I posted on there about how it is possible to do code development almost 100% without any editor while still having access to Unity as a library and a collaboration tool.
Apparently there is a blind developer who has managed to get Unity working, so we'll see if he answers me on how to setup the project. I'll also ask around to see what other Unity developers I know say.

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2016-11-19 13:12:14

I'd be very interested to hear how he manages that.

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2016-12-01 01:48:35

Hi everyone, I would like to join the discussion on this.
I just gave the issue a few of my votes on the Unity Feedback site. I thought the list Frastlin compiled was excellent.

My attempt to use Unity with NVDA was pretty short lived. The console, the inspector and the hierarchy windows all stay completely quiet for me. Without access to these major parts, Unity is of course pretty limited.
Is this an NVDA only thing? What screen readers are you all using?

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2016-12-01 15:46:31

Unity is pretty usable if you don't use the editor. I just created a template you can use to get started at:
https://github.com/frastlin/Screenreade … tyTemplate

Please let me know what you think.

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2016-12-02 00:45:34 (edited by mikrima 2016-12-02 00:47:56)

Hi frastlin,

that's very cool, thank you for the template. I just downloaded it and gave it a try.
Would you be ok if I gave you a bit of feedback?

At least on my computer, the default save location for the log file is access protected if Unity is not run in administrator mode. This might not be an issue for everyone, but I could imagine that it could throw off some users.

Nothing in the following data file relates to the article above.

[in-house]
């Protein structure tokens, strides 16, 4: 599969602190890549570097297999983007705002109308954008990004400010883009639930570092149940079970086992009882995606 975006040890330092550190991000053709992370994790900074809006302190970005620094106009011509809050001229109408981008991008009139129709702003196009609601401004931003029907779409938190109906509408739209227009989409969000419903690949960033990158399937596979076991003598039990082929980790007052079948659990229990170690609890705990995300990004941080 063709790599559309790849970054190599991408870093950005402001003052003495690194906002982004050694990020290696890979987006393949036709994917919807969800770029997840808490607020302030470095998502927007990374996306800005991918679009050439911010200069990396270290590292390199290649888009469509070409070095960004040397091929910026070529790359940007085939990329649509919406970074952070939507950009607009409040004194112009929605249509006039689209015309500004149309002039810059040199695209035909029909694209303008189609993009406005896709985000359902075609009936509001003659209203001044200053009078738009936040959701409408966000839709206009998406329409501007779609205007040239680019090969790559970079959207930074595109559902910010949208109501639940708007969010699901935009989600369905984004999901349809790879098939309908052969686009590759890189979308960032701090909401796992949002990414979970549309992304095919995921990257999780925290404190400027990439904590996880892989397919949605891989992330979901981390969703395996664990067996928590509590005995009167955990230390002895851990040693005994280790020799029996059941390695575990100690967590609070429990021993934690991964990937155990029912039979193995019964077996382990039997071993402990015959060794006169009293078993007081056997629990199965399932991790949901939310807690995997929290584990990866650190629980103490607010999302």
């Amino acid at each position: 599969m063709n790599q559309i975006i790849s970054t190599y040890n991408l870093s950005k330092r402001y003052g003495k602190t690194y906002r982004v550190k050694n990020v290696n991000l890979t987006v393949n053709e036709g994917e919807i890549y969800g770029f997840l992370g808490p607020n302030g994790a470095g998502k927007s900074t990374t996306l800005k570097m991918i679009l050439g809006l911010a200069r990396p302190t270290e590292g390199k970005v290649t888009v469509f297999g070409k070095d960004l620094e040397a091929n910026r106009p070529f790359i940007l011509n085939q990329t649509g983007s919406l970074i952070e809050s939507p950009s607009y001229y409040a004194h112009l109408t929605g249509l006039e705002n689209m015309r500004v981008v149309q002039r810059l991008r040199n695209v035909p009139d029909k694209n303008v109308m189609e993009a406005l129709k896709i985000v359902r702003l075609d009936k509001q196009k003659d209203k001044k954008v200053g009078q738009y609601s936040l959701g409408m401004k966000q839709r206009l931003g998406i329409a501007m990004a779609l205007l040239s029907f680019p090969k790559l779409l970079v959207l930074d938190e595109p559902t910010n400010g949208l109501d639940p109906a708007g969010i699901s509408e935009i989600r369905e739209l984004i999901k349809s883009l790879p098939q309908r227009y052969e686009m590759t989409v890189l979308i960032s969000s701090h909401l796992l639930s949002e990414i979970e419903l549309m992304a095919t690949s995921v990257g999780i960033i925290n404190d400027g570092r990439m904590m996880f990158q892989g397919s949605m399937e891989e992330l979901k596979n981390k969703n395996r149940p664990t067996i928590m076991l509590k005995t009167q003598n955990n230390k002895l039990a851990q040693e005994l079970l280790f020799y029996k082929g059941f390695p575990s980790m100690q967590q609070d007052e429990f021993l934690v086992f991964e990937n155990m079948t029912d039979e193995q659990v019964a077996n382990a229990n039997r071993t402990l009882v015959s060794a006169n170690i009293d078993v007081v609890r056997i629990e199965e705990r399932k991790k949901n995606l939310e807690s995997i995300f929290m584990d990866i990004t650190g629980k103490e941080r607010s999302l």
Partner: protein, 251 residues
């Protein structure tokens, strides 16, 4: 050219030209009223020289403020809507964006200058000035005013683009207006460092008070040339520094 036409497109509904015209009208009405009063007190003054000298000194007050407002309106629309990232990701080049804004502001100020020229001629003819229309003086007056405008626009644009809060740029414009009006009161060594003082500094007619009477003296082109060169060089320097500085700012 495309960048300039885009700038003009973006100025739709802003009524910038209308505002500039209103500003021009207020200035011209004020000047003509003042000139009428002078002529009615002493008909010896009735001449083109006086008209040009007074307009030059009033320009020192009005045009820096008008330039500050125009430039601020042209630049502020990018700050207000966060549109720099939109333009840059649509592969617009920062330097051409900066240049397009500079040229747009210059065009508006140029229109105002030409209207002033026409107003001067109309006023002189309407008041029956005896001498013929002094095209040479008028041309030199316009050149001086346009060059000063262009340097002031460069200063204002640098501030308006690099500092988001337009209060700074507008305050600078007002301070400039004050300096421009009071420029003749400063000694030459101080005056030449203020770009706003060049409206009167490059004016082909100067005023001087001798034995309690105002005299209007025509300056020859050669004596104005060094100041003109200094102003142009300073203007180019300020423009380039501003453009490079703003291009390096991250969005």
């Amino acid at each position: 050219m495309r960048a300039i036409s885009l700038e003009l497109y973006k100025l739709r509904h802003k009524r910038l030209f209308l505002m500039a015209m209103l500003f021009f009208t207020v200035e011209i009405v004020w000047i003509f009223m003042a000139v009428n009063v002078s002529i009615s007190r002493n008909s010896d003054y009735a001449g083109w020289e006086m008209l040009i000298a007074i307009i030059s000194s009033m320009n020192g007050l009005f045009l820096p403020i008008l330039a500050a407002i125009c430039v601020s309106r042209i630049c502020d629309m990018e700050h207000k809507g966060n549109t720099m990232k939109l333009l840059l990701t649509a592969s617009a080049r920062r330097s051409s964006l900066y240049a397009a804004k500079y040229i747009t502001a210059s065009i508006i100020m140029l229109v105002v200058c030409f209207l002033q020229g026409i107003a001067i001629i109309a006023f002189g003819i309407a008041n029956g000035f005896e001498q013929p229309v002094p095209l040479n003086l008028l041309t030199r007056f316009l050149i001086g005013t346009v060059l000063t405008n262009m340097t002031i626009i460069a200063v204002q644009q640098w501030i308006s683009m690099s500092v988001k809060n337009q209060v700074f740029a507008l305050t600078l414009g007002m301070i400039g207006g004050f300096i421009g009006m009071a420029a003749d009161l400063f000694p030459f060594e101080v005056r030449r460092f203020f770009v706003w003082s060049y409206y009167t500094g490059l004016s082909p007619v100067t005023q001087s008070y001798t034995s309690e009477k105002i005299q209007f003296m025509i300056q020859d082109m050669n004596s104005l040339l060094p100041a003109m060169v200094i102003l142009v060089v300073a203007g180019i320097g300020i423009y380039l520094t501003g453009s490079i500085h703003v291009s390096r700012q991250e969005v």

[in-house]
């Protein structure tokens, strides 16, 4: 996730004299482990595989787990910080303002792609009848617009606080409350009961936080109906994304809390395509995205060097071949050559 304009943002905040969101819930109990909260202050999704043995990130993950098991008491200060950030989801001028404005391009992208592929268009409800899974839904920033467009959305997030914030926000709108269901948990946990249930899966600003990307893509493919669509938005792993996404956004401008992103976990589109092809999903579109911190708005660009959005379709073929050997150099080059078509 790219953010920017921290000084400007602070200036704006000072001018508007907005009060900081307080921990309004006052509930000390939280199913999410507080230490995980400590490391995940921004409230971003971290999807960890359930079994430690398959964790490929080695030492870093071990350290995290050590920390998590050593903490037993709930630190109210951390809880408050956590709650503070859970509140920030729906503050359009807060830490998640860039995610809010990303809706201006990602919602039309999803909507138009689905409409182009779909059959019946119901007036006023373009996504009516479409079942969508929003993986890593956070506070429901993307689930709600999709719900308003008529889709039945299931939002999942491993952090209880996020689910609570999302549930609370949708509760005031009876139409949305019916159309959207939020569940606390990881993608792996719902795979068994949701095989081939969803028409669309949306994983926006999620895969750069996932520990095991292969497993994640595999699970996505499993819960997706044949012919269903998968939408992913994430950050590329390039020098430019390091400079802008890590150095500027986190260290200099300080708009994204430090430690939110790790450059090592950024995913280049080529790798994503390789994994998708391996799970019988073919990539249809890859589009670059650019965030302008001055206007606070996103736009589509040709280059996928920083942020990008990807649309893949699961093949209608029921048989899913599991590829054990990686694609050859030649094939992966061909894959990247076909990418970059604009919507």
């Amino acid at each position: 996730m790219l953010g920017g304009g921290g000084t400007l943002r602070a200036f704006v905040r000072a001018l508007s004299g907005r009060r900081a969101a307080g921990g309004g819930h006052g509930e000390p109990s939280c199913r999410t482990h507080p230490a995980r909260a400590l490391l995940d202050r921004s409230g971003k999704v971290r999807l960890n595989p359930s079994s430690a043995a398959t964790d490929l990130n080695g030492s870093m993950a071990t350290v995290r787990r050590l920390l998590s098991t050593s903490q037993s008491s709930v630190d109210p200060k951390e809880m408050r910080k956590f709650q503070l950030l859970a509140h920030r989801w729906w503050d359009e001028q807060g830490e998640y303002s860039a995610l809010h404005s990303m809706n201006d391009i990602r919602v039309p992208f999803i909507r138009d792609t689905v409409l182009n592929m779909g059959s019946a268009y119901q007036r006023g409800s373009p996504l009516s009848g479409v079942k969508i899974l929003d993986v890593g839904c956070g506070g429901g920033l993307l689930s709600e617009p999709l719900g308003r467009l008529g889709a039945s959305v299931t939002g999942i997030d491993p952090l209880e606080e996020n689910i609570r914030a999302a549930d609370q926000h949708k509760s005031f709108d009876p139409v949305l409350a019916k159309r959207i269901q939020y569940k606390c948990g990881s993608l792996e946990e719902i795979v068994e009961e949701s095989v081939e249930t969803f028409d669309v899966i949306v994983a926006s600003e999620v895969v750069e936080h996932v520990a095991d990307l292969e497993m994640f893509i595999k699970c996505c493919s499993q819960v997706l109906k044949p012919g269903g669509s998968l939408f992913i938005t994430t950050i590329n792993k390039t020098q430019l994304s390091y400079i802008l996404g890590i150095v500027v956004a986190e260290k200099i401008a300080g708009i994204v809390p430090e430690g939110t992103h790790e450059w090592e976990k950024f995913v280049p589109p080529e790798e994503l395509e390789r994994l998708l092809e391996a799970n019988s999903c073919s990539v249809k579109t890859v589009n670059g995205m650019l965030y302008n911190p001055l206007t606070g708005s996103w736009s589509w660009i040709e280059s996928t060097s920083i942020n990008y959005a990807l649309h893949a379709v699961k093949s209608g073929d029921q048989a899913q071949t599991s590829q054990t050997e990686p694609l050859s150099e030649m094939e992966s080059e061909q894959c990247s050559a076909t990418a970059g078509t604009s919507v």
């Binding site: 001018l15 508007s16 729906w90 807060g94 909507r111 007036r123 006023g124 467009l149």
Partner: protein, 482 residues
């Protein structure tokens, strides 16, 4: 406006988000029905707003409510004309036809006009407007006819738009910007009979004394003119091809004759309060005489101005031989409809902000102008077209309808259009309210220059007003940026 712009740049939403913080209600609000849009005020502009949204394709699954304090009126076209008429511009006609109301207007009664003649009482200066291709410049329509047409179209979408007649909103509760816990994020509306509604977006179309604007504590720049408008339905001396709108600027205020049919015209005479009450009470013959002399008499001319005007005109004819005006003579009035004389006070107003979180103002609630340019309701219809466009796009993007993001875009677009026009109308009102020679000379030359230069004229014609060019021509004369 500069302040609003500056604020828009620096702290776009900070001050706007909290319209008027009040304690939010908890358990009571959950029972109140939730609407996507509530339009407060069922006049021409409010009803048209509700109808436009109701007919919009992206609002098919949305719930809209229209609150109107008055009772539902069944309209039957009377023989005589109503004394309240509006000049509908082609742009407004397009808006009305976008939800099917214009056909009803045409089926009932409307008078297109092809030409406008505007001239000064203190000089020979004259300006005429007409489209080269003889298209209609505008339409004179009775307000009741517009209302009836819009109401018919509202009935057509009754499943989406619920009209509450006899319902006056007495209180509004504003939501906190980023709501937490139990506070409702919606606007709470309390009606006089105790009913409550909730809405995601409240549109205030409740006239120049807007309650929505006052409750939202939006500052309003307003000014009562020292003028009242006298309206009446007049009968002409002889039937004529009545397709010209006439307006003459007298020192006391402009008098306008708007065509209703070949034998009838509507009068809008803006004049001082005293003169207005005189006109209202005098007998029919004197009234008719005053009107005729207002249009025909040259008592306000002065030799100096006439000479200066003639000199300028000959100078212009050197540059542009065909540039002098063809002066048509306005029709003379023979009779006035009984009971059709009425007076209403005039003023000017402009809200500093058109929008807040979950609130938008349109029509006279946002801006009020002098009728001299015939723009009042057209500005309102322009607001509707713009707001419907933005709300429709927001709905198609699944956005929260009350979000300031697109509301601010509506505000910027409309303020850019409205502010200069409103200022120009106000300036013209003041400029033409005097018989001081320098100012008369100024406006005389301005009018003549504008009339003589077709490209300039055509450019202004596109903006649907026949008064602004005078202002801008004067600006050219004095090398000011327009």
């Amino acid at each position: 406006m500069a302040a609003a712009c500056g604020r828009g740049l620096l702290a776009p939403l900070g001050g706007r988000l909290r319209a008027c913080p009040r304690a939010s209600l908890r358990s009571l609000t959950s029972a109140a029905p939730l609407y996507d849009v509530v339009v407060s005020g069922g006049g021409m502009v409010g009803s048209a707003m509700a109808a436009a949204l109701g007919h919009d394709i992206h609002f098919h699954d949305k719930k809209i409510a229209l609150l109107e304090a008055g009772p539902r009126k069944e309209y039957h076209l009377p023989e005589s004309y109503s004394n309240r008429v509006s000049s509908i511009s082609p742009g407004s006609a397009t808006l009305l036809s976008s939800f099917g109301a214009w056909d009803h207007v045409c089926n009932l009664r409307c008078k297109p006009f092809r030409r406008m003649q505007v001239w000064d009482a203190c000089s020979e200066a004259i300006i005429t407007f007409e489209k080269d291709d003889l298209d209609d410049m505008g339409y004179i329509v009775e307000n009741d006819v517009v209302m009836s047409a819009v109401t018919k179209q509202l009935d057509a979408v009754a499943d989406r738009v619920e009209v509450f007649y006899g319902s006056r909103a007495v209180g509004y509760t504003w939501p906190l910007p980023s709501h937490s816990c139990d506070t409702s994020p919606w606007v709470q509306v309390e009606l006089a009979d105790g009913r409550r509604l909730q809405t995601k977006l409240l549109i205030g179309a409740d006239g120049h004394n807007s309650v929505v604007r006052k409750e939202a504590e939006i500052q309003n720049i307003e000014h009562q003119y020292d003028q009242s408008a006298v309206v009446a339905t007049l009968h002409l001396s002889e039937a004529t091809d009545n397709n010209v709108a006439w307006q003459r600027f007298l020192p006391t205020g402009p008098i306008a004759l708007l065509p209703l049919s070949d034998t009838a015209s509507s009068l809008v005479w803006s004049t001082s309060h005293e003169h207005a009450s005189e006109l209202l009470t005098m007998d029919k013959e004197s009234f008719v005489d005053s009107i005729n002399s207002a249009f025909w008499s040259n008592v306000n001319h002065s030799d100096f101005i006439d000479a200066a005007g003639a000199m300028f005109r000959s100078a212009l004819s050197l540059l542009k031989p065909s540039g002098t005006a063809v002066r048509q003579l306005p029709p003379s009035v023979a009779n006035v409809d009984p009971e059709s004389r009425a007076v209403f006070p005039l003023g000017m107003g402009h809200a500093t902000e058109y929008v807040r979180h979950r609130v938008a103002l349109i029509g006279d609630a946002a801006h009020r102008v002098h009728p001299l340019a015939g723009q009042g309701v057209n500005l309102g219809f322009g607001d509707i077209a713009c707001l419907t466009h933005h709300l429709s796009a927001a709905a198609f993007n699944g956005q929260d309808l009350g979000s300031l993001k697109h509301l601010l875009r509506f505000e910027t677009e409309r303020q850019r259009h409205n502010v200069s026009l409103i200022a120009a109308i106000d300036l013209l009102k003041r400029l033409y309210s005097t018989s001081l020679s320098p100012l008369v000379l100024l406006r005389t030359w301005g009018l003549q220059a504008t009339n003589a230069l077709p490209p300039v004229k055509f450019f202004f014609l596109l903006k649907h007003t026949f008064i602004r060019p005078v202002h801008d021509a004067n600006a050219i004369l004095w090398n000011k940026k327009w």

Also, the log file belongs to a project, you wouldn't want it to mix with log files from other Unity projects. It seems to make sense to pick a default location that would place it within the project's folder.
My suggestion would be to use the project's data path as a default.
The file would be created in the Assets folder of the project. This is both easy to find, and you won't be getting an access denied error. It would also be a good default for any new project.
To set the path to that, you could simply add the following line right in the beginning of the constructor of MyDebugger:

LogPath = Application.dataPath + "/Unity_Logfile.txt";

The most important issue is that the main scene has errors. The sample app doesn't run properly and throws an error.
This is due to some broken game objects in the scene. There is one object that is called "Missing Prefab" which has nothing on it. Then there are two objects with blank names. One of these has a missing script and a camera on it. The other has a sprite renderer with a missing sprite and another missing script.
In addition to the blank object containing a camera, there is also another camera object in the scene. Neither of the two cameras has the main camera tag. The one with the blank name is also disabled. Because of that, the script ExampleScript.cs crashes in line 26, when it tries to access the main camera.